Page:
FairPrice files police report over fake rice rumour

Supermarket chain FairPrice has debunked online rumours that its housebrand jasmine fragrant rice is made of plastic.
Supermarket chain FairPrice has debunked online rumours that its housebrand jasmine fragrant rice is made of plastic. PHOTO: FAIRPRICE

Supermarket chain FairPrice has filed a police report over online rumours that its house brand jasmine fragrant rice is made of plastic.

Addressing a post on social media that contained the fake claim, FairPrice said its rice has passed safety checks by the authorities.

"We would like to advise the public not to further circulate this false information which may cause unnecessary public alarm," said its corporate communications director Jonas Kor.

 

The chain will put up notices at stores about the rumour which has been circulating via text and on social media since Tuesday.

Several alarmed customers had gone to FairPrice stores to demand refunds yesterday.

FairPrice has been selling its house brand jasmine rice, sourced from Vietnam, since 2008.

Those who suspect that the rice they bought is fake may approach the Agri-Food & Veterinary Authority (AVA) to verify its authenticity.

The authority regularly inspects and samples imported rice to ensure it complies with Singapore's food safety standards and requirements. The sampling includes testing for mycotoxins, pesticide residues and heavy metals.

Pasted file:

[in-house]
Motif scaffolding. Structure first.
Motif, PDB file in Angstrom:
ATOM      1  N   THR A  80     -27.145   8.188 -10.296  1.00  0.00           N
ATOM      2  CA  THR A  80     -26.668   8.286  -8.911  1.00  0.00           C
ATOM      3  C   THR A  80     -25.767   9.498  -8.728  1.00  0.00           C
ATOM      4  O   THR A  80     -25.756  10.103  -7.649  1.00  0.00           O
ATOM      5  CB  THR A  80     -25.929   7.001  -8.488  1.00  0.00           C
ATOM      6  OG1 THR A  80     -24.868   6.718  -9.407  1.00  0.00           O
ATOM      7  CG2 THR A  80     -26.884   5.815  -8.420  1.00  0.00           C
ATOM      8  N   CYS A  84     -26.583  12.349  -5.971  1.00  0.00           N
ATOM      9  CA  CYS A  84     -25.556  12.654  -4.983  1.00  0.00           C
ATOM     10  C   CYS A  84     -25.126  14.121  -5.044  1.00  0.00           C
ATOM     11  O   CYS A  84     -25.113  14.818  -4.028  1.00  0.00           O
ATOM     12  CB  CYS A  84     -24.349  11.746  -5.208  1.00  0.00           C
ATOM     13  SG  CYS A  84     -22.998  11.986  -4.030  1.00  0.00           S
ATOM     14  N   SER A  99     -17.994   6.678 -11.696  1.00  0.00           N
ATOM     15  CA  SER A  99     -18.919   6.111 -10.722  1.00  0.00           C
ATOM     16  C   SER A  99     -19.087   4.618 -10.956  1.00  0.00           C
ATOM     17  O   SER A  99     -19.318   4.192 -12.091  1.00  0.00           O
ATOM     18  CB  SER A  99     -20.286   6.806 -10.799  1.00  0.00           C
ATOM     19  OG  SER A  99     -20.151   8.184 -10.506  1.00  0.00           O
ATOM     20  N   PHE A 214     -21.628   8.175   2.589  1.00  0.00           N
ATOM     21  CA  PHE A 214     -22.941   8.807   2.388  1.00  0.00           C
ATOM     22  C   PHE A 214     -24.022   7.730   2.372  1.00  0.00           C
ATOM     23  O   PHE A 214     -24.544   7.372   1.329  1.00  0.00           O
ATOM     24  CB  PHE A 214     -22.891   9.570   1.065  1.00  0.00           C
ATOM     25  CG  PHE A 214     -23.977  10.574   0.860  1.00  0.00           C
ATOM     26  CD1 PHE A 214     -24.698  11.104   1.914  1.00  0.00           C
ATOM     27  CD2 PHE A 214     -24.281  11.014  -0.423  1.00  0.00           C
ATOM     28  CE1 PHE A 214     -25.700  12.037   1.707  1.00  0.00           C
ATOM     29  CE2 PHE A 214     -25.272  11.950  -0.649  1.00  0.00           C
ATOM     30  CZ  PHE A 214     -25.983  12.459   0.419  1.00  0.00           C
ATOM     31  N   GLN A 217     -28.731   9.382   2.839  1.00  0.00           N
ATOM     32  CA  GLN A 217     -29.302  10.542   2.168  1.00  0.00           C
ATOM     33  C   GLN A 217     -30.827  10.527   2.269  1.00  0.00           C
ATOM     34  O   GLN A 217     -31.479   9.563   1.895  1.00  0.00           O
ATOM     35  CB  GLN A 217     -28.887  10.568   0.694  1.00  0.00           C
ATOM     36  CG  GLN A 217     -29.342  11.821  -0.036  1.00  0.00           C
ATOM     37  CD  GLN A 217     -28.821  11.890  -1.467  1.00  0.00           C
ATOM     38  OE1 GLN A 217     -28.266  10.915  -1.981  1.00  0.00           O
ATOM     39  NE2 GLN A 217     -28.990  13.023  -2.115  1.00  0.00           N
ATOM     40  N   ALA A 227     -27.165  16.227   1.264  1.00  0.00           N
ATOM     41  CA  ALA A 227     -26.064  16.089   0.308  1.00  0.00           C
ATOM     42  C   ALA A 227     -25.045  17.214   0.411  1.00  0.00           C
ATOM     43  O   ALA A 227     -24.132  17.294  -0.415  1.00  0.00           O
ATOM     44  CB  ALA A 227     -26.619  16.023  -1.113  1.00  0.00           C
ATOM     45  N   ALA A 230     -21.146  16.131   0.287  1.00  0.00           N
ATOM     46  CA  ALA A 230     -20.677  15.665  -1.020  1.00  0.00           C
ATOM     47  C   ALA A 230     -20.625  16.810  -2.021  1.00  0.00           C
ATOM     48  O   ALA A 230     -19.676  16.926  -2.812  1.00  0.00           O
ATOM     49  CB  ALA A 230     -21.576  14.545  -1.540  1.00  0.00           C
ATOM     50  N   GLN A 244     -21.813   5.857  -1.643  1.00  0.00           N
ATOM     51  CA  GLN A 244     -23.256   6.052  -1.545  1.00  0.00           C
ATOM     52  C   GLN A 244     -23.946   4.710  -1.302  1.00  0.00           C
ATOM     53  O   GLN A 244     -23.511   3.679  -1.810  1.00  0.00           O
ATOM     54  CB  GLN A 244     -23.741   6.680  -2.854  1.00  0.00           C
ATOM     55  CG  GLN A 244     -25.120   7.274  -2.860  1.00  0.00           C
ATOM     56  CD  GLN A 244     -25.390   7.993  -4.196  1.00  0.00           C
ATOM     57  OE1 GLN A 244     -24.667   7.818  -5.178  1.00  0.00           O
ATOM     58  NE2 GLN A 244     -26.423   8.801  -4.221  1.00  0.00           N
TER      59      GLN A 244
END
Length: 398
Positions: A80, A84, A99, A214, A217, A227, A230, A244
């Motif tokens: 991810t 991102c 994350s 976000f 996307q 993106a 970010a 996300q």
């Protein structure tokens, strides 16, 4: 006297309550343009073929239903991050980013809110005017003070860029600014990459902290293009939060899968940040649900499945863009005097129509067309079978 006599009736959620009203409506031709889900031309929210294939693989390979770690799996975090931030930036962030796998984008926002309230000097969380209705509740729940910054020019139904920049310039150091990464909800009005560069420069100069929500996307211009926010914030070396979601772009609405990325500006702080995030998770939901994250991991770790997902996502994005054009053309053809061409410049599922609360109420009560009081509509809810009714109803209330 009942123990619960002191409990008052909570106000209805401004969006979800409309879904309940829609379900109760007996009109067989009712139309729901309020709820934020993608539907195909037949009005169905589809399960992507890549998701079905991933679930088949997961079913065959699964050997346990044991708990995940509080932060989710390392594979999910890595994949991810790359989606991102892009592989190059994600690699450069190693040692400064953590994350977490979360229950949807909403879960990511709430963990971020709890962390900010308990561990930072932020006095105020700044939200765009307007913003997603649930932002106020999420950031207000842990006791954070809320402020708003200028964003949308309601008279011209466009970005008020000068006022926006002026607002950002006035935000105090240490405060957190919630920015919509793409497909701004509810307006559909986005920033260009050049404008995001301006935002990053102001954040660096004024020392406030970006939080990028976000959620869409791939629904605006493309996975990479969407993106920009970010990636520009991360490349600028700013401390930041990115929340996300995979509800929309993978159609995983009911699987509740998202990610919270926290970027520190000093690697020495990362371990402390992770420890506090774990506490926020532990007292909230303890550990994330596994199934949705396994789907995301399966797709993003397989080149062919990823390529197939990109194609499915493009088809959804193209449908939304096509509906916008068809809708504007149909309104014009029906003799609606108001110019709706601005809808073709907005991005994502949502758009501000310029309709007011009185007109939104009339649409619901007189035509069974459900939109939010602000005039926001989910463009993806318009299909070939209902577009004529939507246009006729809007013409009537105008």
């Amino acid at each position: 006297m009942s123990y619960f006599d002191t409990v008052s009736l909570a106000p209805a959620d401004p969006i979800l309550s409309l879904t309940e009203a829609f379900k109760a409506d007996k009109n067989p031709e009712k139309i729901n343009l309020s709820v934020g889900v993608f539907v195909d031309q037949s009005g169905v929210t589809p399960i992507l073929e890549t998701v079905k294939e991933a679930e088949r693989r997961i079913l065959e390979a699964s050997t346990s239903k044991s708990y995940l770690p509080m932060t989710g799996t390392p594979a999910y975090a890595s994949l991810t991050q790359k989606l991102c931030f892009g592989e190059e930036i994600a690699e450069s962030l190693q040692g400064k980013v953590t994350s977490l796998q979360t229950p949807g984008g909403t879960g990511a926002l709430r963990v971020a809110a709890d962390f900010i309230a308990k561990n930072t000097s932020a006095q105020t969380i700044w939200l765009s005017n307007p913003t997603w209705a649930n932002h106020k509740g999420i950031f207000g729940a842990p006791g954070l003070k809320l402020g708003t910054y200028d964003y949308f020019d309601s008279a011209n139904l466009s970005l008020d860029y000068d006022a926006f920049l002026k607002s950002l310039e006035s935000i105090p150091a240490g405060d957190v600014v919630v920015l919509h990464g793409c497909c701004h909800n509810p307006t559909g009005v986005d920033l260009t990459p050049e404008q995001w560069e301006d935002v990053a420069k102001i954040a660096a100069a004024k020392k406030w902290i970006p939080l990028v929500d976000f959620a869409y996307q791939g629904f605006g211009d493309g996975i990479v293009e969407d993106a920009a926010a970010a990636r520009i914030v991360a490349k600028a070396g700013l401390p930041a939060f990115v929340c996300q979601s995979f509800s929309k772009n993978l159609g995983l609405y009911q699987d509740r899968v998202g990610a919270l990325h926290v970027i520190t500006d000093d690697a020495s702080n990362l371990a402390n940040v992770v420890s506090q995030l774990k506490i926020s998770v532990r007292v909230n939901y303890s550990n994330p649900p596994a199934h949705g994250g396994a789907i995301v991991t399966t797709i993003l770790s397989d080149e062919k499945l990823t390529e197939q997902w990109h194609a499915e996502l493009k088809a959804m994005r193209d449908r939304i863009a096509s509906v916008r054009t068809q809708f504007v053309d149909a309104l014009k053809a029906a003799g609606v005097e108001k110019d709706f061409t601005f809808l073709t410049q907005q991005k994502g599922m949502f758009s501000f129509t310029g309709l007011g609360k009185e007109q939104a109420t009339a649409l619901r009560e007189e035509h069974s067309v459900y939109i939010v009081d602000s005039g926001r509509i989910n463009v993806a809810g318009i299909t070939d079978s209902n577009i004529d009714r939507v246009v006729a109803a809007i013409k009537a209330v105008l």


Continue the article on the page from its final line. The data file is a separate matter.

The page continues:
The AVA in December said it had not detected fake rice in Singapore.

This is not the first time FairPrice has been a target of false news.

In 2015, a fake social media post asked users to share a link on their Facebook page in order to claim a $100 FairPrice coupon.

In 2007, FairPrice lodged a police report after it found a picture of "halal pork", allegedly sold by its stores, circulating on the Internet.

The image, which resurfaced online in 2014, is fake.

A version of this article appeared in the print edition of The Straits Times on February 02, 2017, with the headline 'FairPrice files police report over fake rice rumour'. Print Edition | Subscribe